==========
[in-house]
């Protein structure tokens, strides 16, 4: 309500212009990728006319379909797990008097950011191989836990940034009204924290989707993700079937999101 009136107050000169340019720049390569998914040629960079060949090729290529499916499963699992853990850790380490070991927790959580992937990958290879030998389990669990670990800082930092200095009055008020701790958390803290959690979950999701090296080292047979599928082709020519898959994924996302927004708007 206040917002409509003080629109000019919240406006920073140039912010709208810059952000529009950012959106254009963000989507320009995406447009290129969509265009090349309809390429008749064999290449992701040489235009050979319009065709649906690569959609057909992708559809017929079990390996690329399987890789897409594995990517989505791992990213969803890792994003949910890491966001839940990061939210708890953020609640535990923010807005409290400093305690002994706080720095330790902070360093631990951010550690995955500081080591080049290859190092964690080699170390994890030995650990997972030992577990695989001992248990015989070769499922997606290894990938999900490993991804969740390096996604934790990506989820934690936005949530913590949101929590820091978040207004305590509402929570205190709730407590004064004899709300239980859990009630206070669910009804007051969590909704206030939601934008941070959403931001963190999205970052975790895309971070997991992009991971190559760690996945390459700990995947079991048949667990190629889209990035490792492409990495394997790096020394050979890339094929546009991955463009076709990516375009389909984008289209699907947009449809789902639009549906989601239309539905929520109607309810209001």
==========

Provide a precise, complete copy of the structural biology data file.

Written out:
[in-house]
């Protein structure tokens, strides 16, 4: 309500212009990728006319379909797990008097950011191989836990940034009204924290989707993700079937999101 009136107050000169340019720049390569998914040629960079060949090729290529499916499963699992853990850790380490070991927790959580992937990958290879030998389990669990670990800082930092200095009055008020701790958390803290959690979950999701090296080292047979599928082709020519898959994924996302927004708007 206040917002409509003080629109000019919240406006920073140039912010709208810059952000529009950012959106254009963000989507320009995406447009290129969509265009090349309809390429008749064999290449992701040489235009050979319009065709649906690569959609057909992708559809017929079990390996690329399987890789897409594995990517989505791992990213969803890792994003949910890491966001839940990061939210708890953020609640535990923010807005409290400093305690002994706080720095330790902070360093631990951010550690995955500081080591080049290859190092964690080699170390994890030995650990997972030992577990695989001992248990015989070769499922997606290894990938999900490993991804969740390096996604934790990506989820934690936005949530913590949101929590820091978040207004305590509402929570205190709730407590004064004899709300239980859990009630206070669910009804007051969590909704206030939601934008941070959403931001963190999205970052975790895309971070997991992009991971190559760690996945390459700990995947079991048949667990190629889209990035490792492409990495394997790096020394050979890339094929546009991955463009076709990516375009389909984008289209699907947009449809789902639009549906989601239309539905929520109607309810209001």